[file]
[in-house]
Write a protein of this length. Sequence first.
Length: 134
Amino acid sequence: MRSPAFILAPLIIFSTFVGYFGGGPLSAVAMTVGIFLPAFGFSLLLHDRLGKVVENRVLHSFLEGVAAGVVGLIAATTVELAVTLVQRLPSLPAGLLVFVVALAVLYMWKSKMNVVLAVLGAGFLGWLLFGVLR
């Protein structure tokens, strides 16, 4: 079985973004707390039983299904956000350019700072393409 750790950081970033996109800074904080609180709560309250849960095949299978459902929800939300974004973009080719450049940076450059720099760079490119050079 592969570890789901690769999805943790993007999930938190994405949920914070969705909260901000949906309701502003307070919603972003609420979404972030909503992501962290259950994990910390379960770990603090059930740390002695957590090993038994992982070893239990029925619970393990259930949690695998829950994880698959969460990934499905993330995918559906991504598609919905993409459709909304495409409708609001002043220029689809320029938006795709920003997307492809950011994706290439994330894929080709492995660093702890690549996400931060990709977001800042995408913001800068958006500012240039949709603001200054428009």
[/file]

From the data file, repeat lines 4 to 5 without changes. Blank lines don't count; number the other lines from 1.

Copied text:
Amino acid sequence: MRSPAFILAPLIIFSTFVGYFGGGPLSAVAMTVGIFLPAFGFSLLLHDRLGKVVENRVLHSFLEGVAAGVVGLIAATTVELAVTLVQRLPSLPAGLLVFVVALAVLYMWKSKMNVVLAVLGAGFLGWLLFGVLR
């Protein structure tokens, strides 16, 4: 079985973004707390039983299904956000350019700072393409 750790950081970033996109800074904080609180709560309250849960095949299978459902929800939300974004973009080719450049940076450059720099760079490119050079 592969570890789901690769999805943790993007999930938190994405949920914070969705909260901000949906309701502003307070919603972003609420979404972030909503992501962290259950994990910390379960770990603090059930740390002695957590090993038994992982070893239990029925619970393990259930949690695998829950994880698959969460990934499905993330995918559906991504598609919905993409459709909304495409409708609001002043220029689809320029938006795709920003997307492809950011994706290439994330894929080709492995660093702890690549996400931060990709977001800042995408913001800068958006500012240039949709603001200054428009």